After staying at the helm for over three decades in MIC, party president S Samy Vellu has decided to make way for his deputy for leadership of the country's largest ethnic Indian political party.
Vellu said he will step down as leader of the Malaysian Indian Congress (MIC) in January 2011 to make way for his deputy Senator Datuk G Palanivel.
"Today, I'm officially announcing my decision to step down and pass the leadership to my deputy in January next year," 73-year-old Samy Vellu told reporters after chairing the party's Central Working Committee in Kuala Lumpur.
He said that the specific date when he would hand over power to Palanivel would be announced later.
"I don't want to wait until the end of my term on March 8, 2012. This will give an opportunity for a renewal of the party. The new leadership can chart their own plans and work for the betterment of the Indian community," he said.
He also said that there will not be a presidential election and Palanivel would become the acting president, in line with the party's constitution.
"The election is only due if I step down one or two months before the end of my term as president," he said.
He also said that he would not interfere in the affairs of the MIC after he steps down and would concentrate on "bringing about a better relationship between Malaysia and India in terms of infrastructure projects."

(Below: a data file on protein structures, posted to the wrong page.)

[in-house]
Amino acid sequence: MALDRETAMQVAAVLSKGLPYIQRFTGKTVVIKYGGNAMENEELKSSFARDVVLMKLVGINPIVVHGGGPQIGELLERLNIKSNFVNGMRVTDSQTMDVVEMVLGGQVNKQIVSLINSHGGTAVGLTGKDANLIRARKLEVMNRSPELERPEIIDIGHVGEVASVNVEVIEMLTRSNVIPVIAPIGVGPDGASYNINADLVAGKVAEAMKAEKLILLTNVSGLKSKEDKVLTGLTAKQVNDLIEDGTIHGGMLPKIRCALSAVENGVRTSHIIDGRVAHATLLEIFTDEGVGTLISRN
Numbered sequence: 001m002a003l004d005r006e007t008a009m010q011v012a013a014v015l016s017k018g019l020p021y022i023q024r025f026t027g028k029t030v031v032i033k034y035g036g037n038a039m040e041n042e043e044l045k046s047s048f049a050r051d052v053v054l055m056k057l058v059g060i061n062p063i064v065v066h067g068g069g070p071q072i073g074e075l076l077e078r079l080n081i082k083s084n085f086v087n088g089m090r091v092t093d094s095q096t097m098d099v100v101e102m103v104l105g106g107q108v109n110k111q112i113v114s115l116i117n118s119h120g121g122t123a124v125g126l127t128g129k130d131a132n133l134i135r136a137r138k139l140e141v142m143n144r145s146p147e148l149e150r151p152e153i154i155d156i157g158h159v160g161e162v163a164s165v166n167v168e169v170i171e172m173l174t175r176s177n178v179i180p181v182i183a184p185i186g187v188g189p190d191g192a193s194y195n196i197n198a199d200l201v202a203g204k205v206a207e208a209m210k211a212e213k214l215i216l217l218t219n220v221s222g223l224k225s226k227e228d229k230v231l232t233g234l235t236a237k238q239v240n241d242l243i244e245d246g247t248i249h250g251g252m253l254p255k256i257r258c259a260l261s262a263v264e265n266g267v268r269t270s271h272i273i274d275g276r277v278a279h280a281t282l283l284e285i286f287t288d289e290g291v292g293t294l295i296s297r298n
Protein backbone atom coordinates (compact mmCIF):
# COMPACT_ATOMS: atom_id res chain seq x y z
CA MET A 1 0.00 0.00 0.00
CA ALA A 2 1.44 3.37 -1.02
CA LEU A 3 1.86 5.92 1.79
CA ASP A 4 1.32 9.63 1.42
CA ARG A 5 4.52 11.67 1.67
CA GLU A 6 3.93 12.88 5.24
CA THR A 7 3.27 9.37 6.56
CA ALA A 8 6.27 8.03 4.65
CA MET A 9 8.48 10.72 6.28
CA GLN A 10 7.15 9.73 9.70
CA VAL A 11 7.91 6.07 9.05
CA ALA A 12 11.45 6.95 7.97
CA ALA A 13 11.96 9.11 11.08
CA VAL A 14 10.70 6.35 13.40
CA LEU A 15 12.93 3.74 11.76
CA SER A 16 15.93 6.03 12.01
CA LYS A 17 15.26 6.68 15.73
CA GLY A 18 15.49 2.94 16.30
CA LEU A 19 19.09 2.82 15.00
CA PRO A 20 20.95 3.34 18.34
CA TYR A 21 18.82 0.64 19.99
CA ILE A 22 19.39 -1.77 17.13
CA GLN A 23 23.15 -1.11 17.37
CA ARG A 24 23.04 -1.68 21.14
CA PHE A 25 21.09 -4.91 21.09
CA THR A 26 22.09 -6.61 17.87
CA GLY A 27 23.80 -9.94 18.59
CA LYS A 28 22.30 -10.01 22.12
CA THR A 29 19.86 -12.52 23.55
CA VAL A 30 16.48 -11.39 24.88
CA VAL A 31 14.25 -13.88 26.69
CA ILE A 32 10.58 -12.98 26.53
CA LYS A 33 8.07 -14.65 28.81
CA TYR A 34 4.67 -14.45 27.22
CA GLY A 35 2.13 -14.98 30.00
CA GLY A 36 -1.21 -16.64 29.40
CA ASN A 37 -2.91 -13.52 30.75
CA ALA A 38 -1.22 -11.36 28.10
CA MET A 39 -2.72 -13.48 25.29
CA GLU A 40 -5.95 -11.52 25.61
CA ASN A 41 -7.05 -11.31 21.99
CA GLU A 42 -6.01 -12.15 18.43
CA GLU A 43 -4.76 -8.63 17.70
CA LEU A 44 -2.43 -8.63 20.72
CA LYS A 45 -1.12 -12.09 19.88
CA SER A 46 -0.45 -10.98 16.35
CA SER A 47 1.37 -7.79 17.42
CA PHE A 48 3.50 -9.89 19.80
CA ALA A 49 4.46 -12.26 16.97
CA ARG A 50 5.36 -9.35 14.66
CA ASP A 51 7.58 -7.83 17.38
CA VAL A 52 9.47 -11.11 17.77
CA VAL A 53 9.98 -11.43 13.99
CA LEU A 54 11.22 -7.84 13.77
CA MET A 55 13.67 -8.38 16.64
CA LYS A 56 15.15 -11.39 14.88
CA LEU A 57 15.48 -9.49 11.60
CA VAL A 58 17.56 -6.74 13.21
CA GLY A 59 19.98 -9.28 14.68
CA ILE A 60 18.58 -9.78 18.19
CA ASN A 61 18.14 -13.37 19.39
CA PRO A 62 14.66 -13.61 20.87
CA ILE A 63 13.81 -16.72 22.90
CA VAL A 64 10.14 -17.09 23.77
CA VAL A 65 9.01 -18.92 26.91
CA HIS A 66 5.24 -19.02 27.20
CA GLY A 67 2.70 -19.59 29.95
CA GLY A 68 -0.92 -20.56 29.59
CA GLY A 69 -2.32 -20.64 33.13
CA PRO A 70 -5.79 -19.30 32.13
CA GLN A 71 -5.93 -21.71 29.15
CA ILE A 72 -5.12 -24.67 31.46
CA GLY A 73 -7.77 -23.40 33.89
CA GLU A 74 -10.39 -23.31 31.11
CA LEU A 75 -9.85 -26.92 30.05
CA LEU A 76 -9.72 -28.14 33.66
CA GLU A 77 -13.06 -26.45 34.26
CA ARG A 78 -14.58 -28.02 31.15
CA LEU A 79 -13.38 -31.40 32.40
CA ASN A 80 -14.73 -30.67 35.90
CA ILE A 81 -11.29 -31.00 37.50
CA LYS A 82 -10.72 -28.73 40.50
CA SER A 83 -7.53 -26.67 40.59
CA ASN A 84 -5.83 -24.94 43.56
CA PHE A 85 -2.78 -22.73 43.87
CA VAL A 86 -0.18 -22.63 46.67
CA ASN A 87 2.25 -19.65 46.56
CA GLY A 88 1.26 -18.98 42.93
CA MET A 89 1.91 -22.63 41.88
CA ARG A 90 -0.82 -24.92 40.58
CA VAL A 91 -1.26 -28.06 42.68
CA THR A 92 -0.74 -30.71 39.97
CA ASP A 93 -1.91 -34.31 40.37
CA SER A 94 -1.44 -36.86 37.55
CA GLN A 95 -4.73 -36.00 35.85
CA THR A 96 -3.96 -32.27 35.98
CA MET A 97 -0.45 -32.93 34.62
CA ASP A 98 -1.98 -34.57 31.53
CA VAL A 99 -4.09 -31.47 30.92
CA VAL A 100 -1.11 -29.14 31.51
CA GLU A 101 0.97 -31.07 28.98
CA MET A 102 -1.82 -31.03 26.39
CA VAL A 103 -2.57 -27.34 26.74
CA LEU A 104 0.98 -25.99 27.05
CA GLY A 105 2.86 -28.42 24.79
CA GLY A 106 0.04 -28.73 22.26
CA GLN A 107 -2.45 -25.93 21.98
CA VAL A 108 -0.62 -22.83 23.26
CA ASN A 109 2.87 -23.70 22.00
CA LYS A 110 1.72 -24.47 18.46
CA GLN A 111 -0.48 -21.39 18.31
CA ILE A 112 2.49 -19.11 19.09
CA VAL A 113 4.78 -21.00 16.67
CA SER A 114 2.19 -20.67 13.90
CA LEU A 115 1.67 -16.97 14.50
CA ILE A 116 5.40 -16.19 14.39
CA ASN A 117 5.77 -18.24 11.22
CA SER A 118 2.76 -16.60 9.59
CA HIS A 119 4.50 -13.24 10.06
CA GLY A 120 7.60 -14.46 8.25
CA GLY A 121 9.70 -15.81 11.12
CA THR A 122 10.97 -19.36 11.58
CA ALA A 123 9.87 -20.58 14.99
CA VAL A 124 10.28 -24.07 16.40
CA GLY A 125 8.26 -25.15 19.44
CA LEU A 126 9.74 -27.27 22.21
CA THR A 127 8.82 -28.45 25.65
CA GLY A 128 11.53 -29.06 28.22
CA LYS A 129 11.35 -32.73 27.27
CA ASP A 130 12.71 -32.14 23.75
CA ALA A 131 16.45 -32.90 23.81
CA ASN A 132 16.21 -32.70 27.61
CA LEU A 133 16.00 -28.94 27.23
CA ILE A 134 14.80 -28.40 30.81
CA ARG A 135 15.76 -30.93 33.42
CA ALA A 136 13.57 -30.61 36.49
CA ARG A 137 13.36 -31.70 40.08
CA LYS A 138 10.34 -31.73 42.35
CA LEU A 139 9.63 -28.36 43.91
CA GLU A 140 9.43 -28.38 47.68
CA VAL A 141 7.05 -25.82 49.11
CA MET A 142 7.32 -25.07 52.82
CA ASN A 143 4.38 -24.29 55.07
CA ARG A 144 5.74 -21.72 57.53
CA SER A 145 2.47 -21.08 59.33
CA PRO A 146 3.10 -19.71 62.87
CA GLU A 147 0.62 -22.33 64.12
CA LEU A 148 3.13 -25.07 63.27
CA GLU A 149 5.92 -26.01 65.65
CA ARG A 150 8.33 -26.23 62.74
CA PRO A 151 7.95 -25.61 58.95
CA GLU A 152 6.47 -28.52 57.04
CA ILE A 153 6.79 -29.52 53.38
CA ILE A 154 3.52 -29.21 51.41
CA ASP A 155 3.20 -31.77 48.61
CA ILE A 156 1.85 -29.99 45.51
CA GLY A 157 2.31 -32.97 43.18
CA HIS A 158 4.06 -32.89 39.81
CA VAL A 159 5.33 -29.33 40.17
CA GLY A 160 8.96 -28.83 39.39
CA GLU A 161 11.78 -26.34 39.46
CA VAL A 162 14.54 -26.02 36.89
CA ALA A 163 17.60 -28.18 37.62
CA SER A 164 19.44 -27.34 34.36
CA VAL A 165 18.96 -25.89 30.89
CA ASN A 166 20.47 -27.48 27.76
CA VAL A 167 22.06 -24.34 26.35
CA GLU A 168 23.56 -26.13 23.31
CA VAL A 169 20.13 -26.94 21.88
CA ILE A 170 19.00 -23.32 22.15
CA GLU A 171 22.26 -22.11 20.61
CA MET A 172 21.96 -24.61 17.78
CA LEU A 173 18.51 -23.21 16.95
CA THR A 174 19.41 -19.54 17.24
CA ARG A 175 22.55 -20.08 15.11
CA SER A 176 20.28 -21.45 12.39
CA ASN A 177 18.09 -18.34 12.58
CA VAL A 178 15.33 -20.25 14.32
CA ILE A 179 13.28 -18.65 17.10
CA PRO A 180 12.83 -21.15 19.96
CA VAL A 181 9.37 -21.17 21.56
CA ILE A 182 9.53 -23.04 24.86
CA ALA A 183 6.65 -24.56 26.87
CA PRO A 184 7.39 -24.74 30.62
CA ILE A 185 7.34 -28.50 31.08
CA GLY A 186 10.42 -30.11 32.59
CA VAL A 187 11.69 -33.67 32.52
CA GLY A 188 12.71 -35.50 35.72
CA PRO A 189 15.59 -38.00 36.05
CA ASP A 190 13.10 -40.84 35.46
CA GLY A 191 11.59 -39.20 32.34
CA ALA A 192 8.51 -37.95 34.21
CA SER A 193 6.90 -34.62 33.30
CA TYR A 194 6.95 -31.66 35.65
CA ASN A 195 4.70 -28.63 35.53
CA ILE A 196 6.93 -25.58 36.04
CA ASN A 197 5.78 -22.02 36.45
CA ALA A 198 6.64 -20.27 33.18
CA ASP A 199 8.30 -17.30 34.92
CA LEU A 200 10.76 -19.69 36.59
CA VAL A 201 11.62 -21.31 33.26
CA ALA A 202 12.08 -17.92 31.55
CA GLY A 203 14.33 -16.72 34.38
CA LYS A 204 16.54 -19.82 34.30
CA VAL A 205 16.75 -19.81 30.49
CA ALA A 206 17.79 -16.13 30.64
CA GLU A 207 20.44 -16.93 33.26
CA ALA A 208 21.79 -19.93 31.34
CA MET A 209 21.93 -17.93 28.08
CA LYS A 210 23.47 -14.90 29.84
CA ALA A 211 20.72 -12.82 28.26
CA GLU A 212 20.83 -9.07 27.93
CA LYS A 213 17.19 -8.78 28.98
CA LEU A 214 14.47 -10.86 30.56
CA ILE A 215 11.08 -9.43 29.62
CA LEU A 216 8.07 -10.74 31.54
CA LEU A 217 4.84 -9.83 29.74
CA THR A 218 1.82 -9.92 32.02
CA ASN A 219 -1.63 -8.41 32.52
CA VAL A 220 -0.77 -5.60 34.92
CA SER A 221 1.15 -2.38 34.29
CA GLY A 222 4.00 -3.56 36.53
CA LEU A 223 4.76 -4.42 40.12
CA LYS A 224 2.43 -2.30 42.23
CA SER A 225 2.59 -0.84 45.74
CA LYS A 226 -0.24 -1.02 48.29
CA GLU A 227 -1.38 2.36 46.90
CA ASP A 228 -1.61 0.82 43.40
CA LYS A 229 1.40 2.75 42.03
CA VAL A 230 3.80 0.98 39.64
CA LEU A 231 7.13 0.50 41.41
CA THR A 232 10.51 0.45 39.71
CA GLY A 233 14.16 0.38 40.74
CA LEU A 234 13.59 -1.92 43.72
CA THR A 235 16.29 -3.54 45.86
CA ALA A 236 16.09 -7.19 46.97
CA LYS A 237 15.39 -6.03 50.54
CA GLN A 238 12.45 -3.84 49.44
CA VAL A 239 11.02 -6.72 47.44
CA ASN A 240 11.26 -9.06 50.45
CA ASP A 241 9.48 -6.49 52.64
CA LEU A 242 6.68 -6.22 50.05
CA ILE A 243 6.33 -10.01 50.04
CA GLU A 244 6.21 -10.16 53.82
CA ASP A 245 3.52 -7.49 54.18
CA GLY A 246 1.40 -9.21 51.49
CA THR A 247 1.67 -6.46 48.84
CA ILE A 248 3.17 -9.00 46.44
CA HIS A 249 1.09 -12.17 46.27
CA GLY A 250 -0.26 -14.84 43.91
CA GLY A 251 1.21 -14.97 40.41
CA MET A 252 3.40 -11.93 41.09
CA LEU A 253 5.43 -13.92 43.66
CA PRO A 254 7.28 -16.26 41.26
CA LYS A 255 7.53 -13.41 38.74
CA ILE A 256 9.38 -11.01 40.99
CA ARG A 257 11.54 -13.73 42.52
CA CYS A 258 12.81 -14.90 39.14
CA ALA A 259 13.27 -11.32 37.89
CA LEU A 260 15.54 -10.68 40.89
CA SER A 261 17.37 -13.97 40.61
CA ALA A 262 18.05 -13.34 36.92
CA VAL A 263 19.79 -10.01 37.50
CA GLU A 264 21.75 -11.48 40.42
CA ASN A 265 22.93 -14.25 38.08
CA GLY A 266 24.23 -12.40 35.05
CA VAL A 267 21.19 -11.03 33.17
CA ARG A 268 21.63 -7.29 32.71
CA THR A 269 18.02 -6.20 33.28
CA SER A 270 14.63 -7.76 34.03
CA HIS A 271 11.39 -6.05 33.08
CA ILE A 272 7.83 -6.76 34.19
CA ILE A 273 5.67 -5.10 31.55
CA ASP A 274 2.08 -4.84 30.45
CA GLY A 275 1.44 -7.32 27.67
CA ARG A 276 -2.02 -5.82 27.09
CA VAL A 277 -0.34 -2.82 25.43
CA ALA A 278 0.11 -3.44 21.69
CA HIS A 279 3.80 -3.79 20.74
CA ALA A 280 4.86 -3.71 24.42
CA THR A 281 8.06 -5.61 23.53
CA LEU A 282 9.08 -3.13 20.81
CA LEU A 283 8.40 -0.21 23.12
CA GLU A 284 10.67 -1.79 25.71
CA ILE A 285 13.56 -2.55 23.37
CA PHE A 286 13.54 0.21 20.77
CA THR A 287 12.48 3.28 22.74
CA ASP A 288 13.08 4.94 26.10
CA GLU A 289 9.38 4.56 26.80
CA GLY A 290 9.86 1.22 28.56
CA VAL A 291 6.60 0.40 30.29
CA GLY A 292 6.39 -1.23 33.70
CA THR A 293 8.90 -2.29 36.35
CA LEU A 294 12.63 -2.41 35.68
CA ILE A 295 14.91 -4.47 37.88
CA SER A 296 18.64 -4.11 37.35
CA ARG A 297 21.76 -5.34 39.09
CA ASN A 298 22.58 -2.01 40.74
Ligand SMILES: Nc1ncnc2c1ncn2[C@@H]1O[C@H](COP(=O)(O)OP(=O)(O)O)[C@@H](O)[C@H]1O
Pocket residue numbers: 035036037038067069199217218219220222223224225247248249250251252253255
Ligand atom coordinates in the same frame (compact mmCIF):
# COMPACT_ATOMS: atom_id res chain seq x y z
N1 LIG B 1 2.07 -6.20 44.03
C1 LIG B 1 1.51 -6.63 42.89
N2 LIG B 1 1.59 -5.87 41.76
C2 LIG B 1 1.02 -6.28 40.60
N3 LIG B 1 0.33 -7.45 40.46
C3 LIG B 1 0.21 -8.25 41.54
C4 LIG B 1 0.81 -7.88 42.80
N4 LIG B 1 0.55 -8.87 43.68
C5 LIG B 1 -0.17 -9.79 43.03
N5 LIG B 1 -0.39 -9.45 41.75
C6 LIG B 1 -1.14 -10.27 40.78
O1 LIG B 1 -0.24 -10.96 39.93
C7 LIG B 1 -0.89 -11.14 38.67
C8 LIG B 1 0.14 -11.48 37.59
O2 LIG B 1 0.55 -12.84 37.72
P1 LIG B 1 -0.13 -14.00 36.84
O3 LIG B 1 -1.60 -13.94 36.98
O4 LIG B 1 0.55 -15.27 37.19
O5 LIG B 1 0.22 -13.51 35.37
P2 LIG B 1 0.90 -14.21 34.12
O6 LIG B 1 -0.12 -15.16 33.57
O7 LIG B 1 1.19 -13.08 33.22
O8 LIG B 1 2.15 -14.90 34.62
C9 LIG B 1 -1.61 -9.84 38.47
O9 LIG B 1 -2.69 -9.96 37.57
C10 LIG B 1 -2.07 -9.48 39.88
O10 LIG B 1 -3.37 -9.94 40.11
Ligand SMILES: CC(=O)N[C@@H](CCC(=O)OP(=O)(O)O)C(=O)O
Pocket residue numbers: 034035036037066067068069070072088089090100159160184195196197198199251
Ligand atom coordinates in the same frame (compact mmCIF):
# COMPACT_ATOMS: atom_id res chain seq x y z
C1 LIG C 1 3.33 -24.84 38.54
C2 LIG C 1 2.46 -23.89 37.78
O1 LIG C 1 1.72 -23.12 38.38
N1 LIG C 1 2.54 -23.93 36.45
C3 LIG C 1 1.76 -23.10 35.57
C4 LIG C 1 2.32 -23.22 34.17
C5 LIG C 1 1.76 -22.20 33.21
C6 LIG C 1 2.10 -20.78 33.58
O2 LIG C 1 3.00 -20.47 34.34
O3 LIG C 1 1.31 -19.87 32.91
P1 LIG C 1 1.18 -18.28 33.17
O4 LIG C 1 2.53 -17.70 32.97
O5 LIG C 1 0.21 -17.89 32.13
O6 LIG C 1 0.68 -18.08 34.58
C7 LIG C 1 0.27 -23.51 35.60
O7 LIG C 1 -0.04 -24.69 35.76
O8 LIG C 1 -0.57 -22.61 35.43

Vallu said that India had recently offered many opportunities for infrastructure projects but Malaysian companies had been slow in bidding for the projects.
"I am prepared to help Malaysian companies get projects in India," he said.
Samy Vellu, 74, came to the party's helm in 1979 after his predecessor V Manickavasagam died and has held the position for 11 consecutive terms.
He was the Works Minister of Malaysia and the longest-serving minister in the Cabinet until he lost his Sungei Siput parliamentary seat in the 2008 general elections in which the MIC also lost six of the nine parliamentary seats it had contested.
The biggest blow to Samy Vellu's popularity came with the strengthening of the Hindu Rights Action Force (Hindraf), an NGO, which has since been banned by the government.
During a rally organised by the Hindraf in November 2007, more than 20,000 ethnic Indian gathered in Kuala Lumpur to protest against alleged marginalisation of the minority community by the government.
MIC is an important component of the ruling coalition of the Barisan Nasional Party.